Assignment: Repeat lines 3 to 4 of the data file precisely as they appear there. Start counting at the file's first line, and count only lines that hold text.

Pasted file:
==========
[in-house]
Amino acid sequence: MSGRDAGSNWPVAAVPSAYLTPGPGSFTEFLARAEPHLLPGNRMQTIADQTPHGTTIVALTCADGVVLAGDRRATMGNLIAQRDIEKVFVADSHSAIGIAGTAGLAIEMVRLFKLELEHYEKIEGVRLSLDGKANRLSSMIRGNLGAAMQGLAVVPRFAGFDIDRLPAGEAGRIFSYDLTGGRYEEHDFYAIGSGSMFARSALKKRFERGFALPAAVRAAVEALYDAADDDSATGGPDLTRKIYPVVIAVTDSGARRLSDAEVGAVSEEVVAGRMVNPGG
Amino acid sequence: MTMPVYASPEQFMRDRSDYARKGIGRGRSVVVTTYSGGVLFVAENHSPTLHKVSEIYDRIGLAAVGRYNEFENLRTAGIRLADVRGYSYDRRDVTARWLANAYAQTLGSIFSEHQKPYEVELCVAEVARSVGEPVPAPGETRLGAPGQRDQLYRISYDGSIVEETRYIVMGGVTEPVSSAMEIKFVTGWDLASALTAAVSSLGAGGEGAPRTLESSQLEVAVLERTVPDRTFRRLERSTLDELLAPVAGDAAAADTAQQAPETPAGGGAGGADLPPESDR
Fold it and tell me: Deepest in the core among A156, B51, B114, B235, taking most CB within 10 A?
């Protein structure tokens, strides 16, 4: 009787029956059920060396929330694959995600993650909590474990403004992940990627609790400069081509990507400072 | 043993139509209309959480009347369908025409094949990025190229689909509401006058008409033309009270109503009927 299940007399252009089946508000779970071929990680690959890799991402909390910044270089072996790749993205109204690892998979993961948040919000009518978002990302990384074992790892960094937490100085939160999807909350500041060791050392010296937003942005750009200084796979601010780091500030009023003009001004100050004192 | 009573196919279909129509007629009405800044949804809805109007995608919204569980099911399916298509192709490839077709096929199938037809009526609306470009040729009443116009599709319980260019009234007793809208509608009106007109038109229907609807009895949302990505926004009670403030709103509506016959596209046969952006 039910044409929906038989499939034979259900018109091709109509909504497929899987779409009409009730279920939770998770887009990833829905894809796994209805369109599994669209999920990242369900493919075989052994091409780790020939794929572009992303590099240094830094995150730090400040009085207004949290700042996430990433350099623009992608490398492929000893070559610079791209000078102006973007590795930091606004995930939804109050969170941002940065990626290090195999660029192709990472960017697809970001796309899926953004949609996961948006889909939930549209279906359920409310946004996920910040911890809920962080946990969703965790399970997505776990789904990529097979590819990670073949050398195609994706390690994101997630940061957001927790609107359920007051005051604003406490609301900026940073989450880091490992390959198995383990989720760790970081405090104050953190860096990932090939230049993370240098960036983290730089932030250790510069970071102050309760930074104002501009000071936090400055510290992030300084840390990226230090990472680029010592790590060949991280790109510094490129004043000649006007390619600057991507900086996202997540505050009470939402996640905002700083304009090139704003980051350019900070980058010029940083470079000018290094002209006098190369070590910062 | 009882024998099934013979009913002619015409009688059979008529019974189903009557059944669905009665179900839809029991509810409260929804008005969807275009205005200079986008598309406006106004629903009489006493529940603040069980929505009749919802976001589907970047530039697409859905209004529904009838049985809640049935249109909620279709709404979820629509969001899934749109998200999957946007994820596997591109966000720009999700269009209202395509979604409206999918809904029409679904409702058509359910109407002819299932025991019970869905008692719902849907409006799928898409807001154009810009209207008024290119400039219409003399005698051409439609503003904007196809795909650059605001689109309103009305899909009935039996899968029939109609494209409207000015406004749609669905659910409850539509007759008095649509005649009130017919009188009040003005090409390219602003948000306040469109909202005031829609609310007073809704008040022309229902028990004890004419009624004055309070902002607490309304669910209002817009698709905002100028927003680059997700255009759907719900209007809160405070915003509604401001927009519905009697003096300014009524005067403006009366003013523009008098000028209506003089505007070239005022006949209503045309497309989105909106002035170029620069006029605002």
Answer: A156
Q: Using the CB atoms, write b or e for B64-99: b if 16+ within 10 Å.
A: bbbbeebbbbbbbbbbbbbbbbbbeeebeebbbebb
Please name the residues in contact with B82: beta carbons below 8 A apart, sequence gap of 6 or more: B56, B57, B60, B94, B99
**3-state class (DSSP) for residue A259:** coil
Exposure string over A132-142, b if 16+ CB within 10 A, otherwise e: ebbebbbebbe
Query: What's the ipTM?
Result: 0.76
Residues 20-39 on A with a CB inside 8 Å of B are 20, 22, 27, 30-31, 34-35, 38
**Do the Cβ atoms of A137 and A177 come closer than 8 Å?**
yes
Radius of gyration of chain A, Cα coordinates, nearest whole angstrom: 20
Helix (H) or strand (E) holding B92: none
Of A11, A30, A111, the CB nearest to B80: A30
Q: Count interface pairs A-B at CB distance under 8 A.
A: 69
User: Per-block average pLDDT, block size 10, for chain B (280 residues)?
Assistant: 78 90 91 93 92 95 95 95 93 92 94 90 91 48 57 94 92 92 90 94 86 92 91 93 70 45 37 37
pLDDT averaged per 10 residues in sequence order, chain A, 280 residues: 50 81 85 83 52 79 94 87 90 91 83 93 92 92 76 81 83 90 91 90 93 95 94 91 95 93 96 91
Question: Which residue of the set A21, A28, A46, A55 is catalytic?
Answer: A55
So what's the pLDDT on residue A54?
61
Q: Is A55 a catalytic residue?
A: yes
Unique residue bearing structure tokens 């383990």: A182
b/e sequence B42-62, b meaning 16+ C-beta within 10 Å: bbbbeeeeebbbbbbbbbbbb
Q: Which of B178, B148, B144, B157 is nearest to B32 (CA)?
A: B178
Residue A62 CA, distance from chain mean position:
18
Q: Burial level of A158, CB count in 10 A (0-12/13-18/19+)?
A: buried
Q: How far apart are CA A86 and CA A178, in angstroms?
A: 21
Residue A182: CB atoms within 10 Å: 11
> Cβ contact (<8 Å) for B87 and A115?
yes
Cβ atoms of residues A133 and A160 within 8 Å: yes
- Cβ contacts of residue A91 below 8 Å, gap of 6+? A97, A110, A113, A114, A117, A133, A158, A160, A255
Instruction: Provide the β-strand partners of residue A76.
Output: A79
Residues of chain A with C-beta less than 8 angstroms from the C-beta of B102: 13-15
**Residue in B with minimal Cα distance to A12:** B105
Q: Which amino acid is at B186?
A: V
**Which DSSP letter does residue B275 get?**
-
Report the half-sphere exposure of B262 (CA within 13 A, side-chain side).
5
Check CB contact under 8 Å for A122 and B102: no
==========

Amino acid sequence: MTMPVYASPEQFMRDRSDYARKGIGRGRSVVVTTYSGGVLFVAENHSPTLHKVSEIYDRIGLAAVGRYNEFENLRTAGIRLADVRGYSYDRRDVTARWLANAYAQTLGSIFSEHQKPYEVELCVAEVARSVGEPVPAPGETRLGAPGQRDQLYRISYDGSIVEETRYIVMGGVTEPVSSAMEIKFVTGWDLASALTAAVSSLGAGGEGAPRTLESSQLEVAVLERTVPDRTFRRLERSTLDELLAPVAGDAAAADTAQQAPETPAGGGAGGADLPPESDR
Fold it and tell me: Deepest in the core among A156, B51, B114, B235, taking most CB within 10 A?